I’ll never be a tree, of course. But if I were one, I’ve been thinking lately I’d want to be a Poplar.
There’s such beauty and poise in her pointedness that directs our eyes to the sky and God’s miracles. But her true beauty is mostly unseen in her fortitude even in the most unforgiving conditions and in her roots that unfold and extend beneath the soil like a motherly octopus.
Instead of hoarding the nutrients for herself, she’s a boundless supplier of them as she interconnects with other trees and pours oxygen and joy into the atmosphere through her branches and leaves for all those around her.
I didn’t act much like a Poplar when I yelled at my preteen son, my boy in the middle, not so long ago for something that didn’t deserve the tone I used.
Not to excuse my behavior that day, but I was tired, worrying about lots of stuff, feeling unfocused, pulled in so many directions, and my words darted at him like sharp, brittle weeds. As I yelled, I saw his leaves drop one by one, roots loosening as he quietly walked upstairs to his room and closed the door.
I try to be an oxygen-giver, not a taker, best I can. But sometimes, okay a lot of times, I fail, especially when my life is out of balance. And when I fail as a mom, it hurts most of all. That failed moment in which I sucked oxygen out of that space between mother and son, rather than fill it up, is one that will most likely be embedded in my mind and heart forever, although I did my best to make it right again.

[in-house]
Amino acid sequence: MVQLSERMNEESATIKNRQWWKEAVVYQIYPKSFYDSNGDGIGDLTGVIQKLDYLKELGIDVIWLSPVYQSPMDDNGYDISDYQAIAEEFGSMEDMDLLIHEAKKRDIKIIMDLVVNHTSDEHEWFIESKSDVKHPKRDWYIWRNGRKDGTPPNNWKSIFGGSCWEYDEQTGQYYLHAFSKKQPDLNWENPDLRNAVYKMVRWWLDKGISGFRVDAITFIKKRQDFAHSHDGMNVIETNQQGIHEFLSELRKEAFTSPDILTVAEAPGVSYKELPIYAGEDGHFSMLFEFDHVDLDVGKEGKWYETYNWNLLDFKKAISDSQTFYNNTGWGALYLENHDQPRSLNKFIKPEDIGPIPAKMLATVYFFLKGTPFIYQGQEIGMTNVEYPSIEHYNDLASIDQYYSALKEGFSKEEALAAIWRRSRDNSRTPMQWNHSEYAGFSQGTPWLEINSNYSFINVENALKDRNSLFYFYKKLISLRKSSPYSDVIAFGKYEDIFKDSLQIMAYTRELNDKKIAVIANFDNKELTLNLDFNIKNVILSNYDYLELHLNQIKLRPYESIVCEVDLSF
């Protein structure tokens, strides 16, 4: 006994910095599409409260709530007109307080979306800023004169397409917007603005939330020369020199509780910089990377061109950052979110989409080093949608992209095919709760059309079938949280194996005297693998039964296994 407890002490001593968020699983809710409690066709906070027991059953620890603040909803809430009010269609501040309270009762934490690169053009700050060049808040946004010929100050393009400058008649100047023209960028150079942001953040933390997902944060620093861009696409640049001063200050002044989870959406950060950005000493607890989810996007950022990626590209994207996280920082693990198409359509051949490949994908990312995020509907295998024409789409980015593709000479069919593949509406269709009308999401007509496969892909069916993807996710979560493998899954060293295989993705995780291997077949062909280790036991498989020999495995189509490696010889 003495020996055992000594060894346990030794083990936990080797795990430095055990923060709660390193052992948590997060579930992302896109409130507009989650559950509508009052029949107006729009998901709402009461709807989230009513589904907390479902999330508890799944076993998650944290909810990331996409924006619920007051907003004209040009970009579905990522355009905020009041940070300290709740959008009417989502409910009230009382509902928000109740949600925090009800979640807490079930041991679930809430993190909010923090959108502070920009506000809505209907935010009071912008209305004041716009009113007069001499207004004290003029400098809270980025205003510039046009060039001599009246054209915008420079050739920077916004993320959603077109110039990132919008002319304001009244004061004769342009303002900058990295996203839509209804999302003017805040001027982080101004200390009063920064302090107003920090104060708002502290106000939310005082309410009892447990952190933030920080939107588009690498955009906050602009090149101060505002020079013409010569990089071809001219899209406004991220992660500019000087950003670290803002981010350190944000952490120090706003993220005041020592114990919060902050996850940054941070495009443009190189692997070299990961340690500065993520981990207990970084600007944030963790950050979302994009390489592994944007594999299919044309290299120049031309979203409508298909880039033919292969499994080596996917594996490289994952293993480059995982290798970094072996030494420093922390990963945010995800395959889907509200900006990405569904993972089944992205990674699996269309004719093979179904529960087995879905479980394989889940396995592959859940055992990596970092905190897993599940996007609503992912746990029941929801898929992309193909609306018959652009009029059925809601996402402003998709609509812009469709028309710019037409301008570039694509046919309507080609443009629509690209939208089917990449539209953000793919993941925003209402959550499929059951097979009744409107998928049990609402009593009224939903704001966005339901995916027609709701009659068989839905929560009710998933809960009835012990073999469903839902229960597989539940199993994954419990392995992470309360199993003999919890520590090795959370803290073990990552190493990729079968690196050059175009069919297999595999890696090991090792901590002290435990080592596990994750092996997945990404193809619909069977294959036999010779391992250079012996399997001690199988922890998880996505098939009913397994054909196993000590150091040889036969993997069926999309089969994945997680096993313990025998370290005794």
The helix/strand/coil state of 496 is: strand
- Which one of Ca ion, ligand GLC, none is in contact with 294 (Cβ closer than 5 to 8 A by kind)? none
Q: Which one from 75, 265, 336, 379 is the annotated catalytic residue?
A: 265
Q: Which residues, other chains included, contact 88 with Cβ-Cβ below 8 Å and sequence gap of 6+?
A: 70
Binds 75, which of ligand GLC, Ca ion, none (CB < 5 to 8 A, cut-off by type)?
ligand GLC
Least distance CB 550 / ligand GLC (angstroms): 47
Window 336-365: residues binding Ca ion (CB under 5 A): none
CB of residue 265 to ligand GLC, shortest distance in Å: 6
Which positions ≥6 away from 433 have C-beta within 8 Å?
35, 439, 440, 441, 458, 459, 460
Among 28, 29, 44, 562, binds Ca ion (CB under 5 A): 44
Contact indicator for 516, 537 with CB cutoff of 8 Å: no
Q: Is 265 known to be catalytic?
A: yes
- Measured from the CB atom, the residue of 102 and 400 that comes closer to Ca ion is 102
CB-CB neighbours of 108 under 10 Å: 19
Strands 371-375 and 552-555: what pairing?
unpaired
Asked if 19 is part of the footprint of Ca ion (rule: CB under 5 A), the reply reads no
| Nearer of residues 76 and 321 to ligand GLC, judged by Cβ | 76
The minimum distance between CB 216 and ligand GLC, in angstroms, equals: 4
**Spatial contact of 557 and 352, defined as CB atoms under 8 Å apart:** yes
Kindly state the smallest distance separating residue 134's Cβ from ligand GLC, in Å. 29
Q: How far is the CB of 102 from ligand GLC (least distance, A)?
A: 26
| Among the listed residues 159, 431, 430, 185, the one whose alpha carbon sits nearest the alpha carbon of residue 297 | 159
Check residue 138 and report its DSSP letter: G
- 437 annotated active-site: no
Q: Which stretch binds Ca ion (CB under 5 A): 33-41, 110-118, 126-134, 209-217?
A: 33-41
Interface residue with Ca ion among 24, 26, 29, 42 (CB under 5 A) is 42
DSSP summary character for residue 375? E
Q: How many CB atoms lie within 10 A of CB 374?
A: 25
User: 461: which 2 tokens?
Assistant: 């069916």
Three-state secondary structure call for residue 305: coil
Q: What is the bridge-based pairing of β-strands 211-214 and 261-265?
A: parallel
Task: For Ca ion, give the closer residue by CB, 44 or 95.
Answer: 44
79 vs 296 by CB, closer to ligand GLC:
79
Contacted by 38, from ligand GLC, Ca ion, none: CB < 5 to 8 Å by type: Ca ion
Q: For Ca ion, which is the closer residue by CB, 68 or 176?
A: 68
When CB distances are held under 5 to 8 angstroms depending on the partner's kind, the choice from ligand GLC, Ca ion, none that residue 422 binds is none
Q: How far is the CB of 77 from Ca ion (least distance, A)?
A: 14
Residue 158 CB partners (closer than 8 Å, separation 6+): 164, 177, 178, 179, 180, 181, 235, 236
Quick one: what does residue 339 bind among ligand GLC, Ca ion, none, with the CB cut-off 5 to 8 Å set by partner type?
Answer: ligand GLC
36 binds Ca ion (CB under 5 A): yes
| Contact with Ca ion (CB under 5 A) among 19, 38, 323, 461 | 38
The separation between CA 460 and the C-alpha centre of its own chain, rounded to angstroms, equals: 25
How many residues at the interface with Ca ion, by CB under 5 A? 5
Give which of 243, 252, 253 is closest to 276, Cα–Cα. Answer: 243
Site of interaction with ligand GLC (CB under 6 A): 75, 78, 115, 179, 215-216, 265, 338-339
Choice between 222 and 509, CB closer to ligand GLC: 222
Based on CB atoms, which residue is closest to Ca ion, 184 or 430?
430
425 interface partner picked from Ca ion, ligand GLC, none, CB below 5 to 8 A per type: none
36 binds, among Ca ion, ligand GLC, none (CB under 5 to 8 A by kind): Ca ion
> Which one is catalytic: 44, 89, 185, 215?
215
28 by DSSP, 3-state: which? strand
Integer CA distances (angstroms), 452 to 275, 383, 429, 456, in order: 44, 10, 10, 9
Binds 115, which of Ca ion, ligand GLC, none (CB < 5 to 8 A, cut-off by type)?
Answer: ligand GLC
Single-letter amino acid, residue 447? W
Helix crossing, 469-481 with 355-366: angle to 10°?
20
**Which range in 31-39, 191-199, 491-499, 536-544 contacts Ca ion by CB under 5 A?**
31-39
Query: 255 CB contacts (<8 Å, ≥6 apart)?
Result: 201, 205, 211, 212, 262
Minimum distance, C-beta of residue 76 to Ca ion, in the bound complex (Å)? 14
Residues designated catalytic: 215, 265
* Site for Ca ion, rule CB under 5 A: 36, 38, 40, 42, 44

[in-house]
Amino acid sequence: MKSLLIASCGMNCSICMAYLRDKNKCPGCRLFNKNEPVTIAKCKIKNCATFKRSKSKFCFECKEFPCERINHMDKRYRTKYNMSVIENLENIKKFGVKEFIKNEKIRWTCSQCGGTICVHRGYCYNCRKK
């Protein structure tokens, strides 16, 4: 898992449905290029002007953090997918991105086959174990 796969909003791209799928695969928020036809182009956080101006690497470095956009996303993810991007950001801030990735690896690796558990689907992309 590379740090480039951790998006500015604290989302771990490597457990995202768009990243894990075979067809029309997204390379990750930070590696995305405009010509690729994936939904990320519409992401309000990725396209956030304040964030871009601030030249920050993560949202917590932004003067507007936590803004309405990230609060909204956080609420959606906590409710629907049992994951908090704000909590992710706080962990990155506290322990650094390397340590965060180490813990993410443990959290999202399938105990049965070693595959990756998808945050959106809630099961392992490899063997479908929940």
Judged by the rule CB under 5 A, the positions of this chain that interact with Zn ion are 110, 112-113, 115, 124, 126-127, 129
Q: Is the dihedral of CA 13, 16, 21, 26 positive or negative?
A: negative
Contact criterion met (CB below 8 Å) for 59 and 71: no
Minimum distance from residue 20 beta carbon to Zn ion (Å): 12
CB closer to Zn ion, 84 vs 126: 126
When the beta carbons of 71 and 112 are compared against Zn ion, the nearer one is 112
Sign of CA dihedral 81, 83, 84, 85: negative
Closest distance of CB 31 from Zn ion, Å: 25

I didn’t go upstairs to him right away. He had the right to spend time not liking his mother, experiencing her in an unfamiliar light. But before too much time passed, I climbed the steps, knocked, walked in, wrapped my motherly octopus arms around his lengthy figure stretched out on the bed, his face turned toward the wall, and I said, “I’m so sorry.”
With only slight hesitation, he turned and hugged me back, replenishing the nutrients depleted within me, his forgiveness and fortitude bursting through me like a majestic crown.
Spring in the Northern Hemisphere has sprung. March 20th marked the Vernal Equinox, which is when those of us up in this neck of the woods start tilting toward the sun, while those poor southerly folks start to tilt away from it.
As hundreds of millions of people celebrate Easter around this time, which for many marks the end of a 40-day fast, fertility returns to the land after the long desolation of winter. Bulbs buried in the ground pop back up with another chance at life.
Regardless of where we come from or what we believe, I imagine, deep down, we all long for the renewal and rebirth that spring and Easter represent. Each of us longs to be wrapped in the arms of fortitude and forgiveness, even in the most unforgiving conditions.
Most likely, none of us will ever be a tree. But it’s never too late for a new seedling to be planted, to unfold and extend, to burst through the soil and reemerge as an oxygen-giver. Like a Poplar aiming for the sun.
I’m Julie Jo Severson, mom of three and freelance writer. I launched this blog Carvings On A Desk in 2015. It’s where I connect with my own voice, write the stories down, and doodle about past, present, future clinking glasses and making peace. To see my other recent posts, click here.